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Global soft power and the adaptive state: China's differing pathways of adaptation to international norms
UCLA Center for Chinese Studies presents a discussion by Titus Chen on China's adaptation to international norms.
How do we explain the disjuncture between China's reaction to the liberal human rights norm and its response to the international rule-of-law norm? And, how does one explain the reverse directions of China's adaptation to differing international norms? I present a constructivist analysis of China's adaptation to international norms--a less likely case. I argue that the state adapts to differing norms through varying pathways and by varying mechanisms. I propose that the rule-based constructivism better explains the the degree of the Chinese government's adaptation to international human rights pressure. That is, China adapted to human rights pressure through defiant argumentation at international occasions, which made China increasingly embedded into the international human rights regime. On the other hand, I propose that the interpretive and endogenous constructivisms, when integrated, better explains China's adaptation to international norm of rule of law. That is, China adapted to the rule-of-law norm through purposive learning and bureaucratic matching.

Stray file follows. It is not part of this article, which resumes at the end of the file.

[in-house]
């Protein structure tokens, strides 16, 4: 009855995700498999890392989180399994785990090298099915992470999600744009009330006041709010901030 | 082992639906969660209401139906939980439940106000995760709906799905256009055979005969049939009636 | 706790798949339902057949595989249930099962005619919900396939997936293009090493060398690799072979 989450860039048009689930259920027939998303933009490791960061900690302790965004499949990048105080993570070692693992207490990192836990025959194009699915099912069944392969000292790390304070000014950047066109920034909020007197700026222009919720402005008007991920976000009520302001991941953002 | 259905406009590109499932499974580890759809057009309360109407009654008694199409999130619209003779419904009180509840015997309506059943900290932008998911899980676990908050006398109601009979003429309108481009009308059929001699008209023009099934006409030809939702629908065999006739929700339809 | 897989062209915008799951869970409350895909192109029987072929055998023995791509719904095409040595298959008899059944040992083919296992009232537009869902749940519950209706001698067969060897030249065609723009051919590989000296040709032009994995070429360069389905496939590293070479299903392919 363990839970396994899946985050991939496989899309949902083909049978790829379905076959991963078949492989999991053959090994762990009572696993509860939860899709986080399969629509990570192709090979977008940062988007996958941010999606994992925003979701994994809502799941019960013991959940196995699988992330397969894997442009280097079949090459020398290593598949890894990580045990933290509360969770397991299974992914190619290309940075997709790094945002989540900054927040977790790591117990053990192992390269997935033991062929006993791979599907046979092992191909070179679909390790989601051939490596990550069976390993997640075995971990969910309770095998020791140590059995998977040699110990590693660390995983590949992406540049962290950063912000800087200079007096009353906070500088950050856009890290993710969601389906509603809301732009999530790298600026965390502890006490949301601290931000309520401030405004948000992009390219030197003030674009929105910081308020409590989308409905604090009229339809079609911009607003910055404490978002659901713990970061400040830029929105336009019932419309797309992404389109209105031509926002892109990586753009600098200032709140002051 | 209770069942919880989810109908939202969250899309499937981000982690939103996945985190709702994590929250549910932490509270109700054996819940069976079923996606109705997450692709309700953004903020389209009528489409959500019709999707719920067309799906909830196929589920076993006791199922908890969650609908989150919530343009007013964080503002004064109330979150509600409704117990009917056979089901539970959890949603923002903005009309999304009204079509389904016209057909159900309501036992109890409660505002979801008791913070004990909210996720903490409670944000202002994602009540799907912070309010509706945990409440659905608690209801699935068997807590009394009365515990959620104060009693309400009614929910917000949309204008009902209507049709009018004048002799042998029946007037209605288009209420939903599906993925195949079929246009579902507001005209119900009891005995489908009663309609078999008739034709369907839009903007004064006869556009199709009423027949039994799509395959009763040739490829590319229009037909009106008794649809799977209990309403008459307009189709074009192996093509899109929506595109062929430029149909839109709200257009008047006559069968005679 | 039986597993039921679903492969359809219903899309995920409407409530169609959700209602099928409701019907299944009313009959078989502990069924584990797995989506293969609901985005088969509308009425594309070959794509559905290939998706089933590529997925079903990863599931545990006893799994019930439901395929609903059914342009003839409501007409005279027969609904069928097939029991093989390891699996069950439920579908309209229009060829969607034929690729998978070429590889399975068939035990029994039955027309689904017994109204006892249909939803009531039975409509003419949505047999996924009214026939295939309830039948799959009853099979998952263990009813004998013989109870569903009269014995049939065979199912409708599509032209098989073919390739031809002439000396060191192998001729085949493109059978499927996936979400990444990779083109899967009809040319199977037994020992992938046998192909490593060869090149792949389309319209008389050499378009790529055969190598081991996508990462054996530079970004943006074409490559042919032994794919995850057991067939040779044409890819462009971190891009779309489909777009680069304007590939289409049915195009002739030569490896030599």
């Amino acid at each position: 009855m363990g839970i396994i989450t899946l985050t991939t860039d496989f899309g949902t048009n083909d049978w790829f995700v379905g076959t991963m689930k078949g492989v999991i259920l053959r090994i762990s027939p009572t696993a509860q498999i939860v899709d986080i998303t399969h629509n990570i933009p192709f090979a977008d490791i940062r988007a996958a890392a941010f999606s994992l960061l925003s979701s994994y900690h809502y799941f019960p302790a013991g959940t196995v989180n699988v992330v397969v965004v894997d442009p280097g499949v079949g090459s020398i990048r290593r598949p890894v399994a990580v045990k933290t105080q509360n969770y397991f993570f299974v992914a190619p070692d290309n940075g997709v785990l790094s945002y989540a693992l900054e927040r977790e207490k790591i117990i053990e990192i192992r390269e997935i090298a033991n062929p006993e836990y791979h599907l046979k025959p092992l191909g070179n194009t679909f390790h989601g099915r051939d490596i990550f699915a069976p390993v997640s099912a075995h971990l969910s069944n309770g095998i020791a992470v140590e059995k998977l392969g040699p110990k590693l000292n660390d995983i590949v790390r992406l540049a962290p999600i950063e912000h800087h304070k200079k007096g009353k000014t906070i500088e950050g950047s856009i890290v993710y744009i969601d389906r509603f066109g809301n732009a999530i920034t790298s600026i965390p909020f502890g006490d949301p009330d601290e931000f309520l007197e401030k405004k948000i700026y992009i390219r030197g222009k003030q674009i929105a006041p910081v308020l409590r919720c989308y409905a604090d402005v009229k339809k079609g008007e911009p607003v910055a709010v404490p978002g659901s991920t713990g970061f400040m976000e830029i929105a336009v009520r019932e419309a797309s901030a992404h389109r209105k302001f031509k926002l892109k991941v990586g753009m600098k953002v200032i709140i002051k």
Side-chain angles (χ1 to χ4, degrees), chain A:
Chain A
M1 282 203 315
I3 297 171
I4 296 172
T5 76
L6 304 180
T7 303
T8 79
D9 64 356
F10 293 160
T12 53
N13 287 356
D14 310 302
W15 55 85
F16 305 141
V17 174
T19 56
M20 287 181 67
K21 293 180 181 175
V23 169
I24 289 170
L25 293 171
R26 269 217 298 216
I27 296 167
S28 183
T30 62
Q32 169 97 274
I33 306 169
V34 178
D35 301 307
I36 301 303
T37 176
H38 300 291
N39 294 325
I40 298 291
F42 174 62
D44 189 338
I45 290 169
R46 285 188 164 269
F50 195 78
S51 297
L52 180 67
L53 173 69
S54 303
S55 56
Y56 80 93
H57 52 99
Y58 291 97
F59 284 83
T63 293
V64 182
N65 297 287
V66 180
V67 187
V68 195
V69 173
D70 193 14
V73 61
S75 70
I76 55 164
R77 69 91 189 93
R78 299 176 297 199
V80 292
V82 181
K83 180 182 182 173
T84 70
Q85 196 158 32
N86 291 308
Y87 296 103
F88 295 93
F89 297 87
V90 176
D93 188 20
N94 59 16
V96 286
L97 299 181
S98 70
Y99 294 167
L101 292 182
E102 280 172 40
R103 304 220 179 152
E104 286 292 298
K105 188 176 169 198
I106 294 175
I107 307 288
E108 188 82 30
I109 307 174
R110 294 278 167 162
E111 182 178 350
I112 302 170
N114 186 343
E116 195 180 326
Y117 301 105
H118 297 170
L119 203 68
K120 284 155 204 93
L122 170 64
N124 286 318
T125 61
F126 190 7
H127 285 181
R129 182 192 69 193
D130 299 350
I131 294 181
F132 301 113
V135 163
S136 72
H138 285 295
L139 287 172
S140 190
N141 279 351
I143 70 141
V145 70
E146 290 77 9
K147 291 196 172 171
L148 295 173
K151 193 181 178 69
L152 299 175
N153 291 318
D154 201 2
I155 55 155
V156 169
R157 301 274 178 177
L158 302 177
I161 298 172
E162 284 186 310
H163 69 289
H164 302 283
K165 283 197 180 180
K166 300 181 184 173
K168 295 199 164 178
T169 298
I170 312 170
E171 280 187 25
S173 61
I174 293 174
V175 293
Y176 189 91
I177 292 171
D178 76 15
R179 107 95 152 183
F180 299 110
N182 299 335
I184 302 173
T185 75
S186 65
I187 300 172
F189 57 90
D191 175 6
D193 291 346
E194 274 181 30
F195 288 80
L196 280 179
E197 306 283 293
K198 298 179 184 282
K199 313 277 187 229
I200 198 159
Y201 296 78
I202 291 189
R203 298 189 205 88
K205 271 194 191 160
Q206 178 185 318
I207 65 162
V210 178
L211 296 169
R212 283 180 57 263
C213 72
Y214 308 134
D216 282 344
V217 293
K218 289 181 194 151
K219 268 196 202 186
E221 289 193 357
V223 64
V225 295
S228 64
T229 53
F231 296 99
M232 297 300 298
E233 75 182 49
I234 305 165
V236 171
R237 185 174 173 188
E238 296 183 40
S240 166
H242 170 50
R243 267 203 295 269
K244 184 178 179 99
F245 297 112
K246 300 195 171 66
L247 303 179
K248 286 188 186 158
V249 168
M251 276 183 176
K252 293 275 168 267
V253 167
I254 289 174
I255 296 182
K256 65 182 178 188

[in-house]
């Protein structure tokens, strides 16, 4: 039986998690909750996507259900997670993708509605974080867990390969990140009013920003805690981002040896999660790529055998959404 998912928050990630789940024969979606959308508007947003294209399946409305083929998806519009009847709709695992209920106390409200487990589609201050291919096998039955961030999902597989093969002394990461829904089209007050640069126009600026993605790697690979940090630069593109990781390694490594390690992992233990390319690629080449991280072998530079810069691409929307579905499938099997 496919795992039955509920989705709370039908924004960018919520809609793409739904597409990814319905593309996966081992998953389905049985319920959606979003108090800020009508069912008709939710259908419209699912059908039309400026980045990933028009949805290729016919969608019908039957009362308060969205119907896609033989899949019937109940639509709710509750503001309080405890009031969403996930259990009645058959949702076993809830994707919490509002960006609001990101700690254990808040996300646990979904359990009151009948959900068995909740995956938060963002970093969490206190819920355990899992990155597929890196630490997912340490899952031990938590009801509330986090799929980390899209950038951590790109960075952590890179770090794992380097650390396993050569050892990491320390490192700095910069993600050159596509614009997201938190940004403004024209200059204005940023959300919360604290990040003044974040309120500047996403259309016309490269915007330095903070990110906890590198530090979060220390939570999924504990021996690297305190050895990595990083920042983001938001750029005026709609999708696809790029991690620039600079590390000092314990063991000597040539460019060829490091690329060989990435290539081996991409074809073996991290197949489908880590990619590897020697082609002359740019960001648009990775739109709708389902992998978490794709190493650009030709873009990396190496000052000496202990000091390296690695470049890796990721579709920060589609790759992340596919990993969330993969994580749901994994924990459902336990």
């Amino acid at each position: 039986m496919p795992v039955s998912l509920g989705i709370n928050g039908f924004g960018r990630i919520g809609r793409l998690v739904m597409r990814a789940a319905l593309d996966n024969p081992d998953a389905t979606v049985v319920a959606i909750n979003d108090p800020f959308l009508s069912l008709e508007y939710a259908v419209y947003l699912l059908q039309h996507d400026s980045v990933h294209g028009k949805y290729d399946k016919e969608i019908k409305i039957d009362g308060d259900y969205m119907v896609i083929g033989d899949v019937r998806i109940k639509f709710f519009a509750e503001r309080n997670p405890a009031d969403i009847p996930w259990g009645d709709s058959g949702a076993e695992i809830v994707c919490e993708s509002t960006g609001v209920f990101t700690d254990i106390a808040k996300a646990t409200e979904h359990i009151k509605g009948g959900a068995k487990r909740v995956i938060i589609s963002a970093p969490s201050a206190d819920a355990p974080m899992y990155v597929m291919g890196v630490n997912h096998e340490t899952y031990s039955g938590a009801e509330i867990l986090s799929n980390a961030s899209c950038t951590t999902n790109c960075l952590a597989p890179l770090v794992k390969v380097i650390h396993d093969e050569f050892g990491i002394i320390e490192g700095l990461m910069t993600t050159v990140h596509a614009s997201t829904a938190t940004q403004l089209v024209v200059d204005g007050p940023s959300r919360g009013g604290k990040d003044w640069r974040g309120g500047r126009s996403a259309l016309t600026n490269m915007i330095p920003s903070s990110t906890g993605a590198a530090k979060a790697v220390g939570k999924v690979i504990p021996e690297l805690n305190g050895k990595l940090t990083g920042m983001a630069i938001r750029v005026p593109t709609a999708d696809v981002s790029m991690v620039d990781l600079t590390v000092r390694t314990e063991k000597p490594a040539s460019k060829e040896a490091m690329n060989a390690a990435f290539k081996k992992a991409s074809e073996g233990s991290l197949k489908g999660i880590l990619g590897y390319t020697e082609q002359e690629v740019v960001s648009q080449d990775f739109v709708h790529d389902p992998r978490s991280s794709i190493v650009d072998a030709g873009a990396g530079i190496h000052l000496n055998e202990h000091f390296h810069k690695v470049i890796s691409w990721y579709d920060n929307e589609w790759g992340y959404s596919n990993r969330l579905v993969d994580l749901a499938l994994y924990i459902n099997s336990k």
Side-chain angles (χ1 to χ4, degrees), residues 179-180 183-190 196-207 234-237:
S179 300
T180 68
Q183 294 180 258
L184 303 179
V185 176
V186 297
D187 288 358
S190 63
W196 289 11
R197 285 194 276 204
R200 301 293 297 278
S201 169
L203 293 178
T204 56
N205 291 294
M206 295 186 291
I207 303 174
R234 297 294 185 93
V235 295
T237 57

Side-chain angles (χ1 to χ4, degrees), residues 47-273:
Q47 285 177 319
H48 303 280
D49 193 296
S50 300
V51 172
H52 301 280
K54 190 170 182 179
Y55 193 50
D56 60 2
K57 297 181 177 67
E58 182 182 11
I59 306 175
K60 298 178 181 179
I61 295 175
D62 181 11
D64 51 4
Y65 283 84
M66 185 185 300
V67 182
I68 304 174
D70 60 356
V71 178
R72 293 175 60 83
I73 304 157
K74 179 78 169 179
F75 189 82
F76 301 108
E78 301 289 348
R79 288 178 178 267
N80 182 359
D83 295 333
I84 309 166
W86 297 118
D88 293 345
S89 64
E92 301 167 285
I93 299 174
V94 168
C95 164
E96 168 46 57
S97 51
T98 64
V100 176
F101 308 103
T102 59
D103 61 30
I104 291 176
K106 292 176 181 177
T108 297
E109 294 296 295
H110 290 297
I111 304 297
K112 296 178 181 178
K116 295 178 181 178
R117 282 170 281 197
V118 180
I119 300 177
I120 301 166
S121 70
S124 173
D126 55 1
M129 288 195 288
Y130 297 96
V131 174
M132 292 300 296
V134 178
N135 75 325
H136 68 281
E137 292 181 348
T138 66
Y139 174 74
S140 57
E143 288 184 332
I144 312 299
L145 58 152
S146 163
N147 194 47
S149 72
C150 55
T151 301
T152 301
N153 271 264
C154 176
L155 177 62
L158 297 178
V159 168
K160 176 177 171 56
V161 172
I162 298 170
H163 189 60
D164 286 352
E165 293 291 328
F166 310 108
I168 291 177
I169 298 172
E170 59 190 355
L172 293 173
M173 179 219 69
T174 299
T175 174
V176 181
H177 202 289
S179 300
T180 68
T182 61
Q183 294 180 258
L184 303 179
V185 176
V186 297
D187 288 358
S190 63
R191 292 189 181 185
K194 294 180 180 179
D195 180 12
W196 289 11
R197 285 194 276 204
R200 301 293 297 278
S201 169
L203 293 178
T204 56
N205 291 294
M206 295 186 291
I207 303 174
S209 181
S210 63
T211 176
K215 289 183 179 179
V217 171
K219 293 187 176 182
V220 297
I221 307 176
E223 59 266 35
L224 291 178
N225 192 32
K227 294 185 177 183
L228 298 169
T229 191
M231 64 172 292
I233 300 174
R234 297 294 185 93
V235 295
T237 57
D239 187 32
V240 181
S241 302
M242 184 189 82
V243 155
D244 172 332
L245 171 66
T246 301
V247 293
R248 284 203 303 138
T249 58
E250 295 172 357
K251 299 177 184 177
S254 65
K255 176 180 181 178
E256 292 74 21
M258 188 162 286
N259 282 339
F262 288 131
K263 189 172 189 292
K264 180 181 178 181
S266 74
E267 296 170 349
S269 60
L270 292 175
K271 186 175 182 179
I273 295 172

Titus Chen is the Hayward R. Alker Postdoctoral Research Fellow at the USC Center for International Studies (2008-2009). He earned a doctoral degree of Political Science from University of California, Irvine in August 2008. His research interests cover international relations theory, state-society relations, international norm, East Asian security and development, and Chinese foreign policy. He is currently working on two journal papers that analyze China's socialization in international human rights and rule-of-law norms. Titus will soon join the Institute of International Relations (IIR) at the National Chengchi University (NCCU) at Taipei.